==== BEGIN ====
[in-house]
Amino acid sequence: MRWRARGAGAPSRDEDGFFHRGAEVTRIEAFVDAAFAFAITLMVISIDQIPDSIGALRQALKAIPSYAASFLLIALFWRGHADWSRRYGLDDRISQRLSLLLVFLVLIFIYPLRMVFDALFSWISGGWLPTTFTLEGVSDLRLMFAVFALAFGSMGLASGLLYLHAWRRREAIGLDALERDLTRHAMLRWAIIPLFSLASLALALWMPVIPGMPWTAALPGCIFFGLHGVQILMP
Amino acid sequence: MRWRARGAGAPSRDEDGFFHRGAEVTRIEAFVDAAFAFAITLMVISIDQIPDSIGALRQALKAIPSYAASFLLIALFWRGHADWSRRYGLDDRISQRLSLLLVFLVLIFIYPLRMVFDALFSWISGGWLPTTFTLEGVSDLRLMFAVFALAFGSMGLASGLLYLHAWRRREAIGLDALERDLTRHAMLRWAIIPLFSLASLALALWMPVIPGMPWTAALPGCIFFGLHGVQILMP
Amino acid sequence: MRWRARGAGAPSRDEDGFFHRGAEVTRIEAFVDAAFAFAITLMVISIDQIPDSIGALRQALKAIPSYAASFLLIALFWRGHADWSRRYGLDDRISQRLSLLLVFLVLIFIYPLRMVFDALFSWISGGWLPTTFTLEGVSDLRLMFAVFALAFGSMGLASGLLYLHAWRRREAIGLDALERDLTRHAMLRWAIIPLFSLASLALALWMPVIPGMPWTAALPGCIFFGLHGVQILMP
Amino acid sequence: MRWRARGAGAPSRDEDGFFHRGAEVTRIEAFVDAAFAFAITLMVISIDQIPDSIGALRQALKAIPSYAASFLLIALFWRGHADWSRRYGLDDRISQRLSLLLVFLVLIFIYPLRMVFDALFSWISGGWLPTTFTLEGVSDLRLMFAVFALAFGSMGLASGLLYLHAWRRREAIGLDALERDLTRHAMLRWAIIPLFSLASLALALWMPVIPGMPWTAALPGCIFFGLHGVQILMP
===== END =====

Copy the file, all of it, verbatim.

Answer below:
[in-house]
Amino acid sequence: MRWRARGAGAPSRDEDGFFHRGAEVTRIEAFVDAAFAFAITLMVISIDQIPDSIGALRQALKAIPSYAASFLLIALFWRGHADWSRRYGLDDRISQRLSLLLVFLVLIFIYPLRMVFDALFSWISGGWLPTTFTLEGVSDLRLMFAVFALAFGSMGLASGLLYLHAWRRREAIGLDALERDLTRHAMLRWAIIPLFSLASLALALWMPVIPGMPWTAALPGCIFFGLHGVQILMP
Amino acid sequence: MRWRARGAGAPSRDEDGFFHRGAEVTRIEAFVDAAFAFAITLMVISIDQIPDSIGALRQALKAIPSYAASFLLIALFWRGHADWSRRYGLDDRISQRLSLLLVFLVLIFIYPLRMVFDALFSWISGGWLPTTFTLEGVSDLRLMFAVFALAFGSMGLASGLLYLHAWRRREAIGLDALERDLTRHAMLRWAIIPLFSLASLALALWMPVIPGMPWTAALPGCIFFGLHGVQILMP
Amino acid sequence: MRWRARGAGAPSRDEDGFFHRGAEVTRIEAFVDAAFAFAITLMVISIDQIPDSIGALRQALKAIPSYAASFLLIALFWRGHADWSRRYGLDDRISQRLSLLLVFLVLIFIYPLRMVFDALFSWISGGWLPTTFTLEGVSDLRLMFAVFALAFGSMGLASGLLYLHAWRRREAIGLDALERDLTRHAMLRWAIIPLFSLASLALALWMPVIPGMPWTAALPGCIFFGLHGVQILMP
Amino acid sequence: MRWRARGAGAPSRDEDGFFHRGAEVTRIEAFVDAAFAFAITLMVISIDQIPDSIGALRQALKAIPSYAASFLLIALFWRGHADWSRRYGLDDRISQRLSLLLVFLVLIFIYPLRMVFDALFSWISGGWLPTTFTLEGVSDLRLMFAVFALAFGSMGLASGLLYLHAWRRREAIGLDALERDLTRHAMLRWAIIPLFSLASLALALWMPVIPGMPWTAALPGCIFFGLHGVQILMP